Tuesday, October 18, 2011

Thirsty

"Blessed are those who hunger and thirst for righteousness..."  Matthew 5: 6

Years ago, when Beve and I spent a couple of months in India, we learned something about thirst.  We were told that under no condition were we to drink the water anywhere but in the home in New Delhi where we lived--where we had boiled, filtered, safe water.  But Beve got sick, and with that sickness came dehydration, and with that, came a thirst unlike anything he'd ever experienced.  We were in a very small village called Pushkar when that illness, and dehydration and thirst simultaneously struck.  He simply had to drink water, wherever he could find it, no matter what was in it.  It didn't matter that the very thing he craved made him sicker and more in need, the desire to quench his thirst overwhelmed every thing else.  Common sense, even.

But it's this kind of desire Jesus is talking about in this Beatitude.
"Blessed are those who hunger and thirst for righteousness."
There are two important things to understand about this Beatitude.
1. What Jesus calls a blessing is NOT righteousness itself, but the desire for it.  Hunger and thirst are the most basic of human desires, the ones without which we could not live.  It's this kind of craving, like we crave life itself, that Jesus blesses.  "I must have it or I die," longing--profound and lasting.  Like hunger and thirst, the longing for righteousness increases and even becomes painful in intensity.  Psalm 63:1 says, "You, God, are my God, earnestly I seek you; I thirst for you, my whole being longs for you in a dry and parched land where there is no water."  This is the strength of the desire for righteousness.  One's whole being aching for Him as though the world is a dehydrated desert and He the only water (which, of course, He is!).
2. It's important to understand that righteousness means to be in right relationship with God, to know Him about all else, to be in fellowship with Him and then to become Holy as He is holy.  The desire to be free from sin, which is righteousness, comes from being right with God.  The point, therefore, is that our hunger and thirst is to be in right relationship with the One who most longs to be in relationship with us.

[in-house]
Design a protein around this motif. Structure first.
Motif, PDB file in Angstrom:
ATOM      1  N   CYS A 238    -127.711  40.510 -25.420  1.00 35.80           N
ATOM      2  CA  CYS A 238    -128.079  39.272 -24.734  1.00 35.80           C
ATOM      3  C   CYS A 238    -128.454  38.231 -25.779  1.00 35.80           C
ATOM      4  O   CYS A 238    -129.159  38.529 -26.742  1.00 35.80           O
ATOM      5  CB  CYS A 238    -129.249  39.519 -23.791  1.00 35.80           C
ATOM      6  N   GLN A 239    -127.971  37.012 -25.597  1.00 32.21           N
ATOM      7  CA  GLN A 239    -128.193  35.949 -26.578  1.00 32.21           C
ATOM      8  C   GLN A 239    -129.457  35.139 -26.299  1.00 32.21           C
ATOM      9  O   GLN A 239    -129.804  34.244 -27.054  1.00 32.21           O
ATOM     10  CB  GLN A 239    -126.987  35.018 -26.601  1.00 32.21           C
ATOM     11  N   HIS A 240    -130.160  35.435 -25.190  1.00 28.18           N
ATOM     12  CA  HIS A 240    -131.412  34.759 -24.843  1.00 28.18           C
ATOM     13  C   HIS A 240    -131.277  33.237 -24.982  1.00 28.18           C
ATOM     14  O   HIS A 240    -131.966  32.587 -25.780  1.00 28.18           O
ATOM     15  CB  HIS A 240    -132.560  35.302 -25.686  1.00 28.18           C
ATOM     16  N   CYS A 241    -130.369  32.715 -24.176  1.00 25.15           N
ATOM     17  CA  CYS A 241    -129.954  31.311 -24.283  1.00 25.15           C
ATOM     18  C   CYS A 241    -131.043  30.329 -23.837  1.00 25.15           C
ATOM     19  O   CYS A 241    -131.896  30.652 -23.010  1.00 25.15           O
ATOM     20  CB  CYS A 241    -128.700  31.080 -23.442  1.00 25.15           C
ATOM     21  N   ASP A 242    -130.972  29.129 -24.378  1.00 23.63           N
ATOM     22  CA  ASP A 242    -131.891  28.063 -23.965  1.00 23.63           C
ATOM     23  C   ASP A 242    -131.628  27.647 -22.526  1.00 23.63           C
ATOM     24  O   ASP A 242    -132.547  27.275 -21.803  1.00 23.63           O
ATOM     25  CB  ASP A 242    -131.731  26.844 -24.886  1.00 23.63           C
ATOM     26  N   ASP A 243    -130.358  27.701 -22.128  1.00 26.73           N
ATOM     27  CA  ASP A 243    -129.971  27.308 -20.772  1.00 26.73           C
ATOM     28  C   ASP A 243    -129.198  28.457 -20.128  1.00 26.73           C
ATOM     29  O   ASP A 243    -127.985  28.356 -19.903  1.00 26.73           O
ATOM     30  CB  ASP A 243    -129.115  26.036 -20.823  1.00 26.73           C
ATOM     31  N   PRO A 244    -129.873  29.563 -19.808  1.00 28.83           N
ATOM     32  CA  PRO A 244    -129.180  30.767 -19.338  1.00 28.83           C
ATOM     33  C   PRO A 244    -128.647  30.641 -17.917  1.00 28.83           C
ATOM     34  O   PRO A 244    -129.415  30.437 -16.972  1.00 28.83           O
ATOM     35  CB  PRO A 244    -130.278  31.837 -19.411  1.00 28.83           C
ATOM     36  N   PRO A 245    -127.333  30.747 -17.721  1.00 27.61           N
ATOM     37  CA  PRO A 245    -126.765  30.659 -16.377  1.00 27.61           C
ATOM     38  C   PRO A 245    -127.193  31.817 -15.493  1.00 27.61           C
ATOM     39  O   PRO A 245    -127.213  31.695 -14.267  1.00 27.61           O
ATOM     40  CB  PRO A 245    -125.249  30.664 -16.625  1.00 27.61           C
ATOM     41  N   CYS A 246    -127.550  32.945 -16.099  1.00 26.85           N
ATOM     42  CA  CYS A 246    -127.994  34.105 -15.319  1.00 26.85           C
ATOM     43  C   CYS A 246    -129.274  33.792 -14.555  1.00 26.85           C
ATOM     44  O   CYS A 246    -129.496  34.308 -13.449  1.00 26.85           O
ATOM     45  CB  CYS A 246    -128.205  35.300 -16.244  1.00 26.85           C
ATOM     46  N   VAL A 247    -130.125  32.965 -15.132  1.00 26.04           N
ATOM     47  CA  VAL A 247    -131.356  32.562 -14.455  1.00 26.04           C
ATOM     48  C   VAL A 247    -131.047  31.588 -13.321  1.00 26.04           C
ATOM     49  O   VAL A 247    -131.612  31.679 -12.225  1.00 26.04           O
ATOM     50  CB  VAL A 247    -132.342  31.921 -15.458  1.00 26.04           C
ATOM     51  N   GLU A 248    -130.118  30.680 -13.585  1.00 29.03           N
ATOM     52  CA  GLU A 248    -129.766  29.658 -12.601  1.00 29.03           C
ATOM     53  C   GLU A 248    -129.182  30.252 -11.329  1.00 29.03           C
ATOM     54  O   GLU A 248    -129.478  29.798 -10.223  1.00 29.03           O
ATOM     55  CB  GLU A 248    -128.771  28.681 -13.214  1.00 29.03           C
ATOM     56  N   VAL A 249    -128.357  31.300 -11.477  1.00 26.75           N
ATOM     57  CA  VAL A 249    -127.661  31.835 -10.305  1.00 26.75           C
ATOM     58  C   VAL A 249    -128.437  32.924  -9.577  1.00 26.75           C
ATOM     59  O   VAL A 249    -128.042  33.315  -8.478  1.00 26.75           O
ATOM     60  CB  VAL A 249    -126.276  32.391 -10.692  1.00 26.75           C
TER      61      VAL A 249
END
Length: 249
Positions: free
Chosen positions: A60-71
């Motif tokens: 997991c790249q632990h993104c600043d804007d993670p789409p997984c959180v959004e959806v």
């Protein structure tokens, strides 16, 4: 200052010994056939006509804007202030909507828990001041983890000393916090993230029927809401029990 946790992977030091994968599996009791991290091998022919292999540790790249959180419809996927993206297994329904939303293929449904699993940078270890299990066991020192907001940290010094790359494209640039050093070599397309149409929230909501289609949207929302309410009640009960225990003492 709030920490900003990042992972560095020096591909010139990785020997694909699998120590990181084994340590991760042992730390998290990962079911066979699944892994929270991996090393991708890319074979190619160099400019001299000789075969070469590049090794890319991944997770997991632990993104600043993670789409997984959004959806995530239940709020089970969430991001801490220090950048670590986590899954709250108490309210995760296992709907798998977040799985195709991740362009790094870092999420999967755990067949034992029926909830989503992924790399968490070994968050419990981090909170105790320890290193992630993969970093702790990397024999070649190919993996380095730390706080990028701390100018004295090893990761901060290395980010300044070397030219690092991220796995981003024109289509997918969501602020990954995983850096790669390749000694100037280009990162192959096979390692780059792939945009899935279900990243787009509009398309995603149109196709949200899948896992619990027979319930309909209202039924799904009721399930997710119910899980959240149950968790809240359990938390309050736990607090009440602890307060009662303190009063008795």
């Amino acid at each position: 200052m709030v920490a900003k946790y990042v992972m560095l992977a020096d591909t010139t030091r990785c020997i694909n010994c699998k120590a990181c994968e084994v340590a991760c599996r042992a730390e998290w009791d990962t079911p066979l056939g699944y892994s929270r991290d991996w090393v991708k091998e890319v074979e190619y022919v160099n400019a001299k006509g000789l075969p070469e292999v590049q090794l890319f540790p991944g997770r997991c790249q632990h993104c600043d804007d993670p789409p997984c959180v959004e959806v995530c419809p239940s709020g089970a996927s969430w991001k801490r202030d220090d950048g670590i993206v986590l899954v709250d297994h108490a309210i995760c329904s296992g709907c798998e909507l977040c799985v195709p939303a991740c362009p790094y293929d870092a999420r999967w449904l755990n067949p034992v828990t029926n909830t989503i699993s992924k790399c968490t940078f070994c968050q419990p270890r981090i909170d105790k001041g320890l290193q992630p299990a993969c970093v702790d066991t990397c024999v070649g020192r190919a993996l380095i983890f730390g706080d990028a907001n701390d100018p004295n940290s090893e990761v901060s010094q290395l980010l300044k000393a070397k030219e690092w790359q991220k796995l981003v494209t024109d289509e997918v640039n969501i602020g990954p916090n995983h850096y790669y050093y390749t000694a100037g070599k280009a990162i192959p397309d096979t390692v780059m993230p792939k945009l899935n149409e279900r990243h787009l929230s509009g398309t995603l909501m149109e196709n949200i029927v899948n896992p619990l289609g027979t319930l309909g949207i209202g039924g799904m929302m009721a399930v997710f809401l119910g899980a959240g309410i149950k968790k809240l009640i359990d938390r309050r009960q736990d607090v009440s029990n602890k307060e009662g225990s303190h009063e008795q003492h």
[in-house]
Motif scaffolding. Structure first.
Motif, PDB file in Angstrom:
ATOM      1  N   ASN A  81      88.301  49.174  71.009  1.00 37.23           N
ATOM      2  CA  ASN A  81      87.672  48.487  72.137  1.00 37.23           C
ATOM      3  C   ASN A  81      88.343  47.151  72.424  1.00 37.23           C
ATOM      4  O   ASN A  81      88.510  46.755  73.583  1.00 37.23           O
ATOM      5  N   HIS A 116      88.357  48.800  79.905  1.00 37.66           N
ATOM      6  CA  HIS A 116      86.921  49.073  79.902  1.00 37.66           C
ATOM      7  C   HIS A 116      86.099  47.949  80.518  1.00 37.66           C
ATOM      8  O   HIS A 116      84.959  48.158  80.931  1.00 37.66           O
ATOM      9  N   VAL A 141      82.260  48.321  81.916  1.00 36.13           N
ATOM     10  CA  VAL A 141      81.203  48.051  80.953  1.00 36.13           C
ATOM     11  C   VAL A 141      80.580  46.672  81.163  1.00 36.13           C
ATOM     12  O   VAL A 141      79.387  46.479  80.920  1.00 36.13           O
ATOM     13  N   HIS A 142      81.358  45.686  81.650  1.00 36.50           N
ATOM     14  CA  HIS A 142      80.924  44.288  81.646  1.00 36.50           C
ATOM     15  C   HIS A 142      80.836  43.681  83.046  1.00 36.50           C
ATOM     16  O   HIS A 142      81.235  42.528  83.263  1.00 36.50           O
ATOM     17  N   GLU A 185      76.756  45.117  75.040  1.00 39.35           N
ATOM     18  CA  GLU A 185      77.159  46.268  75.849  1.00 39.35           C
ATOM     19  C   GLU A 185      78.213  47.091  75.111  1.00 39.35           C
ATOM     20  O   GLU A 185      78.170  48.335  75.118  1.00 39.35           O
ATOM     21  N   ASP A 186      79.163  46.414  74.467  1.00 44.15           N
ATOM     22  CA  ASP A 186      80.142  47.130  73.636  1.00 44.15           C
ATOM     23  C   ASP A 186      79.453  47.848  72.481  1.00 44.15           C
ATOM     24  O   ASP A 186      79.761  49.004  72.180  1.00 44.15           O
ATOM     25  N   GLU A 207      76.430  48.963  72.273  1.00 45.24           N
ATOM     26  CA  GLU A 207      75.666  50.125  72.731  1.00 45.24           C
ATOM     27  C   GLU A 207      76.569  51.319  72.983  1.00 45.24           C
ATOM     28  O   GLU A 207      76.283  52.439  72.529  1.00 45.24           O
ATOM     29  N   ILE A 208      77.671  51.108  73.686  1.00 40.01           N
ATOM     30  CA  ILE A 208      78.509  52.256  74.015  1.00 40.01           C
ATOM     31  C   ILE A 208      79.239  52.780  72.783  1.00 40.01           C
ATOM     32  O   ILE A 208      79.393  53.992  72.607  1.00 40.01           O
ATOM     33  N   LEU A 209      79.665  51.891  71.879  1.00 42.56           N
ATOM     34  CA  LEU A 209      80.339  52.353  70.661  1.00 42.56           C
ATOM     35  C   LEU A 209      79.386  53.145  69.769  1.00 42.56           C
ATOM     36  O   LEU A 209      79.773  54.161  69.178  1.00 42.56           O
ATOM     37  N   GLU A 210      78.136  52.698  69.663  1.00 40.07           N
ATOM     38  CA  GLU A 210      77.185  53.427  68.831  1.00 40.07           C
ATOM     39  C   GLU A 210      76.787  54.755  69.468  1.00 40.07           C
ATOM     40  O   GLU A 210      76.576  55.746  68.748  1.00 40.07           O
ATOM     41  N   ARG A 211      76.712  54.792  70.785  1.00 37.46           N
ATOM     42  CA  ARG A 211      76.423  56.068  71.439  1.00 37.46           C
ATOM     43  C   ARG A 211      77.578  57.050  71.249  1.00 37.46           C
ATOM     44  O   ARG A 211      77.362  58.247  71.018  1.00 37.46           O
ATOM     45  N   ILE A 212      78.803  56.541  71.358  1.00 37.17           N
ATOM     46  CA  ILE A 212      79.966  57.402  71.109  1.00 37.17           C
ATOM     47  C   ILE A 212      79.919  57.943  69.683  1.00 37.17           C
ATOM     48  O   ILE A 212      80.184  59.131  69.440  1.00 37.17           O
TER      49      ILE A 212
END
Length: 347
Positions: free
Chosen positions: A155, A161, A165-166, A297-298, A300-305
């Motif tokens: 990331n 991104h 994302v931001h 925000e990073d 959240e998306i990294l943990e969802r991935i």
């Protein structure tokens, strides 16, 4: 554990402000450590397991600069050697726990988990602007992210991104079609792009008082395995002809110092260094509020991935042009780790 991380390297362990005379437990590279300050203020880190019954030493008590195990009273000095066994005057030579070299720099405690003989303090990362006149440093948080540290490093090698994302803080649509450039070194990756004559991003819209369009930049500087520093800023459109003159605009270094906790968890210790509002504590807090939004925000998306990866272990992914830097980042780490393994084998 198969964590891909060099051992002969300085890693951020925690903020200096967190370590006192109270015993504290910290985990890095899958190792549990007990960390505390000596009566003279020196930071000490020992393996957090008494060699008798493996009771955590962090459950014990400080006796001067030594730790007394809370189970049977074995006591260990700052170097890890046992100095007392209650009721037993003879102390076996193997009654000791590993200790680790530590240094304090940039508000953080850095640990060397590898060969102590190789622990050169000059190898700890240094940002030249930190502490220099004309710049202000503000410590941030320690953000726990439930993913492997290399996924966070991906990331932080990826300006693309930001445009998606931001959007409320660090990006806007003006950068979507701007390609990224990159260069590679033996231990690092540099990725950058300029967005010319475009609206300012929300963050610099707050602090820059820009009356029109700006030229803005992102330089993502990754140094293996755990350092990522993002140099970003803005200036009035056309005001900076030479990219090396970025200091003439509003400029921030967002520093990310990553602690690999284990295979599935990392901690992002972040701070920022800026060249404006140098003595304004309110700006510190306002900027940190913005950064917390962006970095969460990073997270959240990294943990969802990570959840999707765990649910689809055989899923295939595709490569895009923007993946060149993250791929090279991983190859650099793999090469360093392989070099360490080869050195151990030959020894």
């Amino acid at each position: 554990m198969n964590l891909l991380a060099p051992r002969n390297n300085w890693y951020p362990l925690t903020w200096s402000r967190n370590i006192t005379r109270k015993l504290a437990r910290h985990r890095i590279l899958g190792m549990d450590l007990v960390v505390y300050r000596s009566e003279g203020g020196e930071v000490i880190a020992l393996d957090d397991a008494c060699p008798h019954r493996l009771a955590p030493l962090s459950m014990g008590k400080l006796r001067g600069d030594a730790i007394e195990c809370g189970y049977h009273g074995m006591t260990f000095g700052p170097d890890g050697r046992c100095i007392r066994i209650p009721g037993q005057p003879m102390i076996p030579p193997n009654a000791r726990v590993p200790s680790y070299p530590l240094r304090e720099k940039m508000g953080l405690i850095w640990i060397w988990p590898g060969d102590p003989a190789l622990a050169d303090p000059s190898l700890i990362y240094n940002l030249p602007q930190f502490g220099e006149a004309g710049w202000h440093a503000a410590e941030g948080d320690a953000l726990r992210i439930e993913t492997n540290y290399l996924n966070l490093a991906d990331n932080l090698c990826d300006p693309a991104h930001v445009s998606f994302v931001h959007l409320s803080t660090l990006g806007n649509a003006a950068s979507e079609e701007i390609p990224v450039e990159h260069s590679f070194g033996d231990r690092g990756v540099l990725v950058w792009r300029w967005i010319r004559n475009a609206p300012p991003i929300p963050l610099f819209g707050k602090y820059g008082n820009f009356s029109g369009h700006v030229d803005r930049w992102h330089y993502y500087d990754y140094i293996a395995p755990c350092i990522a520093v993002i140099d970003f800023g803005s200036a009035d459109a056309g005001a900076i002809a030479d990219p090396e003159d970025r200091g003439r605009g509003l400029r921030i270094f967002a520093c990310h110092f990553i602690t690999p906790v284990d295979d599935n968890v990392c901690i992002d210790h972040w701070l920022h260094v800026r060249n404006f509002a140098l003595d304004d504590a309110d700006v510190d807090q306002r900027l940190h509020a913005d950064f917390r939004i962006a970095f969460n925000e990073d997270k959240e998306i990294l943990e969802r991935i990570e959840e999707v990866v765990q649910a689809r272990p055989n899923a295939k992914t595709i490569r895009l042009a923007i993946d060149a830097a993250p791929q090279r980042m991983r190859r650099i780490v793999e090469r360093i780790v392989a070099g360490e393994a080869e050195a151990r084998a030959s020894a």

So how can we NOT long for that?
Especially when we consider that the promise is "...for they will be filled."  He will fill us.  When Jesus spoke these words, it was before the cross and Pentecost and the Holy Spirit being given to all who call Him Lord. But we not only have this promise, we live it out daily.  It's a fulfilled promise.  He will fill us and He has filled us.  What a spectacular thing this is. I think of Beve desperately thirsty, even as he knew the water was making him more sick and more thirsty.  It's a really sad story, but our hunger and thirst is for the one thing that is pure and clean and holy. But, just as it happened with Beve, our thirst for righteousness is increased as He gives us Himself.  Our longing for Him increases our longing. He satisfies our desire for Him and gives us more.

"I am the Alpha and the Omega, the Beginning and the End. To the thirsty, I will give water without cost from the spring of the water of life. Those who are victorious will inherit all this and I will be their God and they will be my children." Revelation 22: 6-7

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